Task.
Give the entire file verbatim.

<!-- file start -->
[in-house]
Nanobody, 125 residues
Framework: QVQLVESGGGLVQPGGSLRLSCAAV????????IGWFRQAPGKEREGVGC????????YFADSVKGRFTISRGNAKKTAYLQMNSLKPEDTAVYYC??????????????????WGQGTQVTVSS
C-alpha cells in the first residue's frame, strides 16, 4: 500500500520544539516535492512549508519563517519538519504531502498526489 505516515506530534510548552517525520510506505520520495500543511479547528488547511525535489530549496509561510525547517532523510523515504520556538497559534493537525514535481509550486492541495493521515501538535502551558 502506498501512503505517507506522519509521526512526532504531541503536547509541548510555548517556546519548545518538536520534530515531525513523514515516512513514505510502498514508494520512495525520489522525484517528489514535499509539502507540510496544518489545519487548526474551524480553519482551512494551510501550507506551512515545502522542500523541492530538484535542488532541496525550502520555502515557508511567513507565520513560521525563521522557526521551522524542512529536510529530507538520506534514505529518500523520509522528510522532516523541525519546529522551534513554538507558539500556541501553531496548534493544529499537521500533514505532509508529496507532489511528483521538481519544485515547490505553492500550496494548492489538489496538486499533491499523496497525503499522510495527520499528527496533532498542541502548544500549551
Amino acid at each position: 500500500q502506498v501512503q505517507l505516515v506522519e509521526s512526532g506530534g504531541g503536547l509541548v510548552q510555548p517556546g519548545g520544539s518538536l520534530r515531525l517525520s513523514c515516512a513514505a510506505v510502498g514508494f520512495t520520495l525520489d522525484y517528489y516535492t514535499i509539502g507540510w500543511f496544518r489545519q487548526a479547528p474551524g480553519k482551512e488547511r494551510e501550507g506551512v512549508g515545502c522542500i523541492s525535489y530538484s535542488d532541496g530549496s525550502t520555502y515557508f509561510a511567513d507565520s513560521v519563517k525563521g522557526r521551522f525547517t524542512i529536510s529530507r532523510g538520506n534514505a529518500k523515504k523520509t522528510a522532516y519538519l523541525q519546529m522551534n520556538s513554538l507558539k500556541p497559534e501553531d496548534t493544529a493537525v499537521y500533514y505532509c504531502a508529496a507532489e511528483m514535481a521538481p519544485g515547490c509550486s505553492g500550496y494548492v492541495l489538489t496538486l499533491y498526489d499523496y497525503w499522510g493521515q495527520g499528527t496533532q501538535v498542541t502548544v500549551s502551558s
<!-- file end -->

[in-house]
Nanobody, 125 residues
Framework: QVQLVESGGGLVQPGGSLRLSCAAV????????IGWFRQAPGKEREGVGC????????YFADSVKGRFTISRGNAKKTAYLQMNSLKPEDTAVYYC??????????????????WGQGTQVTVSS
C-alpha cells in the first residue's frame, strides 16, 4: 500500500520544539516535492512549508519563517519538519504531502498526489 505516515506530534510548552517525520510506505520520495500543511479547528488547511525535489530549496509561510525547517532523510523515504520556538497559534493537525514535481509550486492541495493521515501538535502551558 502506498501512503505517507506522519509521526512526532504531541503536547509541548510555548517556546519548545518538536520534530515531525513523514515516512513514505510502498514508494520512495525520489522525484517528489514535499509539502507540510496544518489545519487548526474551524480553519482551512494551510501550507506551512515545502522542500523541492530538484535542488532541496525550502520555502515557508511567513507565520513560521525563521522557526521551522524542512529536510529530507538520506534514505529518500523520509522528510522532516523541525519546529522551534513554538507558539500556541501553531496548534493544529499537521500533514505532509508529496507532489511528483521538481519544485515547490505553492500550496494548492489538489496538486499533491499523496497525503499522510495527520499528527496533532498542541502548544500549551
Amino acid at each position: 500500500q502506498v501512503q505517507l505516515v506522519e509521526s512526532g506530534g504531541g503536547l509541548v510548552q510555548p517556546g519548545g520544539s518538536l520534530r515531525l517525520s513523514c515516512a513514505a510506505v510502498g514508494f520512495t520520495l525520489d522525484y517528489y516535492t514535499i509539502g507540510w500543511f496544518r489545519q487548526a479547528p474551524g480553519k482551512e488547511r494551510e501550507g506551512v512549508g515545502c522542500i523541492s525535489y530538484s535542488d532541496g530549496s525550502t520555502y515557508f509561510a511567513d507565520s513560521v519563517k525563521g522557526r521551522f525547517t524542512i529536510s529530507r532523510g538520506n534514505a529518500k523515504k523520509t522528510a522532516y519538519l523541525q519546529m522551534n520556538s513554538l507558539k500556541p497559534e501553531d496548534t493544529a493537525v499537521y500533514y505532509c504531502a508529496a507532489e511528483m514535481a521538481p519544485g515547490c509550486s505553492g500550496y494548492v492541495l489538489t496538486l499533491y498526489d499523496y497525503w499522510g493521515q495527520g499528527t496533532q501538535v498542541t502548544v500549551s502551558s